Apparently a school of critics knocked Robert Frost because Frost did not consistently adhere to any specific, named ideology. I skipped literary criticism in college, but even I can tell that that is kind of his point. You can’t identify with any particular dogma without more or less declaring that every other school of thought is wrong. The argument must automatically be a priori since you cannot disprove every other system of thought unless you know everything about everything.
The only way to keep intellectual integrity, then, is to treat every systematic hypothesis with the same attitude of generous skepticism. Thus it’s hard to blame Frost for giving inconsistent answers when different people asked him which preconceptions he carries around. Maybe you find Bergsonian vitalism terribly compelling. You could read or experience something tomorrow that helps to see that it is kind of stupid. It’s hardly lying to give another interviewer a different answer some years later. It’s the only way to be intellectually honest! Below the flip I’ve reprinted one of his, The White Tailed Hornet, that I think illustrates my point.
Might as well link this to something relevant. Good on E.D. Kain for not bothering to defend whether he fits into one arbitrary category or another. What the hell does ‘conservative’ mean any more? Newt Gingrich just proposed that Congress federalize lower Manhattan so that Feds can get between a private group, its private property rights and its freedom of religion. Gingrich is conservative. Right? If thats not what Barry Goldwater would have done then I don’t know what is.
Not so thrilled that someone would still flirt with with voting ( R) when the party basically promised to do nothing but harm if they win enough seats, but, hell, John didn’t flip in a day either. Have patience and try logic.
Re-posted the missing last third of Frost’s poem.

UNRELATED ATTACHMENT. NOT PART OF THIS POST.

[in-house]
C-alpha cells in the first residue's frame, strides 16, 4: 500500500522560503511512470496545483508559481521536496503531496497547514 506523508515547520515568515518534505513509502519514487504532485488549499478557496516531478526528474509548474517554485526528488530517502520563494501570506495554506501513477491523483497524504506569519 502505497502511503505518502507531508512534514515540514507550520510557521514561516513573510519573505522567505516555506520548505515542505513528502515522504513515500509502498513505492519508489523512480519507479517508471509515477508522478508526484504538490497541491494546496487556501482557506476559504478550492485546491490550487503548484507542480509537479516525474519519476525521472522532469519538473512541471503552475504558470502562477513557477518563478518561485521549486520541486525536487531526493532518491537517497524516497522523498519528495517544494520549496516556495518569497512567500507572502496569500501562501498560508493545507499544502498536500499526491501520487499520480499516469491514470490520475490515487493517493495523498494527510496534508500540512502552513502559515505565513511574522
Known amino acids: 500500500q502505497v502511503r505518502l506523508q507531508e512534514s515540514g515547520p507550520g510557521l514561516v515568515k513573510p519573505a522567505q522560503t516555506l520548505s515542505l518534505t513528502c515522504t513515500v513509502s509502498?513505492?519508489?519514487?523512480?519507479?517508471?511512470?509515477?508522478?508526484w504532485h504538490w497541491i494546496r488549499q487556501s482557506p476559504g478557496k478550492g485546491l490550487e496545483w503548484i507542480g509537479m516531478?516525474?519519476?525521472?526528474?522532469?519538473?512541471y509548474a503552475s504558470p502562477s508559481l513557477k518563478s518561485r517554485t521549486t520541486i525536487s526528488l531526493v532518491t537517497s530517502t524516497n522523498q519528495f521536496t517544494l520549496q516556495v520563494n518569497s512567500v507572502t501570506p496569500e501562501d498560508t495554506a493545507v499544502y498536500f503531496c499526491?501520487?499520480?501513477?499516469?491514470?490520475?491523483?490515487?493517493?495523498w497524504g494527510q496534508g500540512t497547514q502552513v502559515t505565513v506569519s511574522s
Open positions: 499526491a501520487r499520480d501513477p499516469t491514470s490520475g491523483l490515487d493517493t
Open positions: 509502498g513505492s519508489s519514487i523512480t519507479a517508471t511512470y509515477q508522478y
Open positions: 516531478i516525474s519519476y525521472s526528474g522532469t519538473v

THE WHITE-TAILED HORNET
The white-tailed hornet lives in a balloon
That floats against the ceiling of the woodshed.
The exit he comes out at like a bullet
Is like the pupil of a pointed gun.
And having power to change his aim in flight,
He comes out more unerring than a bullet.
Verse could be written on the certainty
With which he penetrates my best defense
Of whirling hands and arms about the head
To stab me in the sneeze-nerve of a nostril.
Such is the instinct of it I allow.
Yet how about the insect certainty
That in the neighborhood of home and children
!s such an execrable judge of motives
As not to recognize in me the exception
I like to think I am in everything
One who would never hang above a bookcase
His Japanese crepe-paper globe for trophy?
He stung me first and stung me afterward.
He rolled me off the field head over heels,
And would not listen to my explanations.
That’s when I went as visitor to his house.
As visitor at my house he is better.
Hawking for flies about the kitchen door,
In at one door perhaps and out another,
Trust him then not to put you in the wrong.
He won’t misunderstand your freest movements.
Let him light on your skin unless you mind
So many prickly grappling feet at once.
He’s after the domesticated fly
To feed his thumping grubs as big as he is.
Here he is at his best, but even here-
I watched him where he swooped, he pounced, he
But what he found he had was just a nailhead.
He struck a second time. Another nailhead.
‘Those are just nailheads. Those are fastened down/
Then disconcerted and not unannoyed,
He stooped and struck a little huckleberry
The way a player curls around a football.
‘Wrong shape, wrong color, and wrong scent/ 1 said.
The huckleberry rolled him on his head.
At last it was a fly. He shot and missed;
And the fly circled round him in derision.
But for the fly he might have made me think
He had been at his poetry, comparing
Nailhead with fly and fly with huckleberry:
How like a fly, how very like a fly.
But the real fly he missed would never do;
The missed fly made me dangerously skeptic.
Won’t this whole instinct matter bear revision?
Won’t almost any theory bear revision?
To err is human, not to, animal.
Or so we pay the compliment to instinct,
Only too liberal of our compliment
That really takes away instead of gives.
Our worship, humor, conscientiousness
Went long since to the dogs under the table.
And served us right for having instituted
Downward comparisons. As long on earth
As our comparisons were stoutly upward
With gods and angels, we were men at least,
But little lower than the gods and angels.
But once comparisons were yielded downward,
Once we began to see our images
Reflected in the mud and even dust,
‘Twas disillusion upon disillusion.
We were lost piecemeal to the animals,
Like people thrown out to delay the wolves.
Nothing but fallibility was left us,
And this day ‘ s work made even that seem doubtful.